☐ List all the software you have which is no longer supported

If you can follow this guidance now, you can pass certification quickly and with flying colours. If you struggle with any of them, CyberSmart has helped guide hundreds of SMEs of all sizes and experience through the same process, so feel free to get in touch. We offer a quick and simple step by step process so you can get Cyber Essentials certified today.

The business risk that’s more worrying than Brexit

News articles have continued to highlight the impact Brexit could have on UK businesses in 2020. With everything from visas to regulations and import taxes, businesses face a lot of uncertainty in the coming years.  

However, despite Brexit continuing as a hot topic in business media, surveys have found that it is not the most pressing issue on business leaders’ agendas. Instead, data protection topped the list

The first half of 2019 saw data breaches leave 4.1 billion records across the world exposed, and they are continuing to occur on an almost weekly basis in the UK. The rapid sophistication of cyber attacks is leaving an increasing number of UK’s businesses vulnerable to these potentially devastating breaches.

80% of CEOs concerned about cyber threat

PricewaterhouseCoopers conducted a recent survey to gauge the key areas of CEO uncertainty and how they are taking action to address them. The findings found that eight out of ten CEOs are concerned about the threats posed by a cyber attack.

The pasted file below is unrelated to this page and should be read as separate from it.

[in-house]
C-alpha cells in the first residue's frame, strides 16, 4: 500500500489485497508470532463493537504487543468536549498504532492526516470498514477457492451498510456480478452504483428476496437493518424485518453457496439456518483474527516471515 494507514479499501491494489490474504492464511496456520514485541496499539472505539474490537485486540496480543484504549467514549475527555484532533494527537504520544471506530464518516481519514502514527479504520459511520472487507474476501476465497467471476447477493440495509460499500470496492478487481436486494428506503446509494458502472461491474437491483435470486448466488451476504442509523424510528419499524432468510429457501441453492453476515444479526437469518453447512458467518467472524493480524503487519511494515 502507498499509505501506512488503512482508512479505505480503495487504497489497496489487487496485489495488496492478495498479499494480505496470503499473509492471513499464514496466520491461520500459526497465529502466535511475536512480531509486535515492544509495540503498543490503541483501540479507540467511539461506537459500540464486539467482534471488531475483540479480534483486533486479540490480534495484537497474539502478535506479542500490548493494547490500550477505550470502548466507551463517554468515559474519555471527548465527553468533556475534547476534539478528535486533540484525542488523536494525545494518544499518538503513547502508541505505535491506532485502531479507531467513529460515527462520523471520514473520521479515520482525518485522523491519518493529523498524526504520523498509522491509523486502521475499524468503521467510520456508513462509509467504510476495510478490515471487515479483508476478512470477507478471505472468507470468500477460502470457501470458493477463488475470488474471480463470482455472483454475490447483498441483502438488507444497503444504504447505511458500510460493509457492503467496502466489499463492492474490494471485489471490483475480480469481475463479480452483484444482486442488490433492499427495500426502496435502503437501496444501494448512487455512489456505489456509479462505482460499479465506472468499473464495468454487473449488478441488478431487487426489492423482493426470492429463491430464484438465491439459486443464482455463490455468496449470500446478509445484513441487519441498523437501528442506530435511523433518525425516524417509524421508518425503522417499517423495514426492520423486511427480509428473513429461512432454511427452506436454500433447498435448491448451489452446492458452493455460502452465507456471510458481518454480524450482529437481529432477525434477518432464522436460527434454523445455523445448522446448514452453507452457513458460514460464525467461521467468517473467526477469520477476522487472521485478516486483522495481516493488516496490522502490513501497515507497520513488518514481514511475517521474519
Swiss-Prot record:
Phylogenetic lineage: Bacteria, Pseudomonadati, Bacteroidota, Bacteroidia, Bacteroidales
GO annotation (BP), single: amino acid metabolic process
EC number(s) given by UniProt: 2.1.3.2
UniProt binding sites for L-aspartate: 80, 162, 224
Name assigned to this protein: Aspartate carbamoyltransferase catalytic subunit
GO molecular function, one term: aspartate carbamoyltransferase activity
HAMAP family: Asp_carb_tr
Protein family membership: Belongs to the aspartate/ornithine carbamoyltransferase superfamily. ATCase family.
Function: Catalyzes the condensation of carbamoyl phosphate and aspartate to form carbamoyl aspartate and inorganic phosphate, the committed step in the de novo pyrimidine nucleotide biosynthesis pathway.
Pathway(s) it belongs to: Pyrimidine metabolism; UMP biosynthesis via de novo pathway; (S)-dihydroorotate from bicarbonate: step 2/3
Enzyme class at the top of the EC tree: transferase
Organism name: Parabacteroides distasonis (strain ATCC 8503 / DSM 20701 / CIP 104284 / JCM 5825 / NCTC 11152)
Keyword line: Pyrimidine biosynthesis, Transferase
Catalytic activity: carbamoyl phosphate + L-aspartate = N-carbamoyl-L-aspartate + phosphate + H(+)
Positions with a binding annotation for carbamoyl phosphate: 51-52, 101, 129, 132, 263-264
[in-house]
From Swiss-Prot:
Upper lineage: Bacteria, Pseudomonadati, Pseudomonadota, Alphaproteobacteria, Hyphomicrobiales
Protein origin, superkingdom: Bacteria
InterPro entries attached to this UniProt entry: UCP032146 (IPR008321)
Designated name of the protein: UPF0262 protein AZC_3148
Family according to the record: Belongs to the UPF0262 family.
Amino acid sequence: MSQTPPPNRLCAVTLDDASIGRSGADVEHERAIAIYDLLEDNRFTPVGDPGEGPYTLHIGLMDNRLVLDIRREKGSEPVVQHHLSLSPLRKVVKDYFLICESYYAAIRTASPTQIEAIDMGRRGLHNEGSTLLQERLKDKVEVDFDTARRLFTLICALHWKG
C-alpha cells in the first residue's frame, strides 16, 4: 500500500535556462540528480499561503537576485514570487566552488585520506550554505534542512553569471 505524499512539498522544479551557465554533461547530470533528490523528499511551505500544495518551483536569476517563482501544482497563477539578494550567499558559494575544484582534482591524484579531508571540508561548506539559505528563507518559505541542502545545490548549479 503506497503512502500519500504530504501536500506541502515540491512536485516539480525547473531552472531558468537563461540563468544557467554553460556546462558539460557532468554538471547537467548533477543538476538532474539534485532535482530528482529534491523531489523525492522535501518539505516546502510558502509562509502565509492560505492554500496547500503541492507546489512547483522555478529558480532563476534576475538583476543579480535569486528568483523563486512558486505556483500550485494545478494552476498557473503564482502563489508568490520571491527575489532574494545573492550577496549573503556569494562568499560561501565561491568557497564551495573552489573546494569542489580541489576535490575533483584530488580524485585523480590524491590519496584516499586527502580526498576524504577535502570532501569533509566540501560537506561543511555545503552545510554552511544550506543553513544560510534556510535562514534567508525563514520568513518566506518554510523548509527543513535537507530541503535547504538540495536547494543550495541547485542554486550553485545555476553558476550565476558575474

This concern emerges among a growing abundance of news stories reporting enormous data and security breaches at top companies and organisations, which end up costing them hundreds of thousands in compensation. 

One of the most publicised cases of 2019 was the British Airways breach in which the details of about 500,000 customers were stolen by hackers. As a result, BA was charged a fine of £183 million.

This is a corporate example, but even small businesses are at risk of fines for violating GDPR data protection laws. If you’re wondering if you’re GDPR compliant, CyberSmart offers a simple, non-technical path to GDPR certification.

The public wants to know businesses are protecting their data

Media coverage and market research make it clear that cyber attacks are only going to increase in frequency in 2020, both in the UK and the rest of the world. But this is not just an issue for CEOs.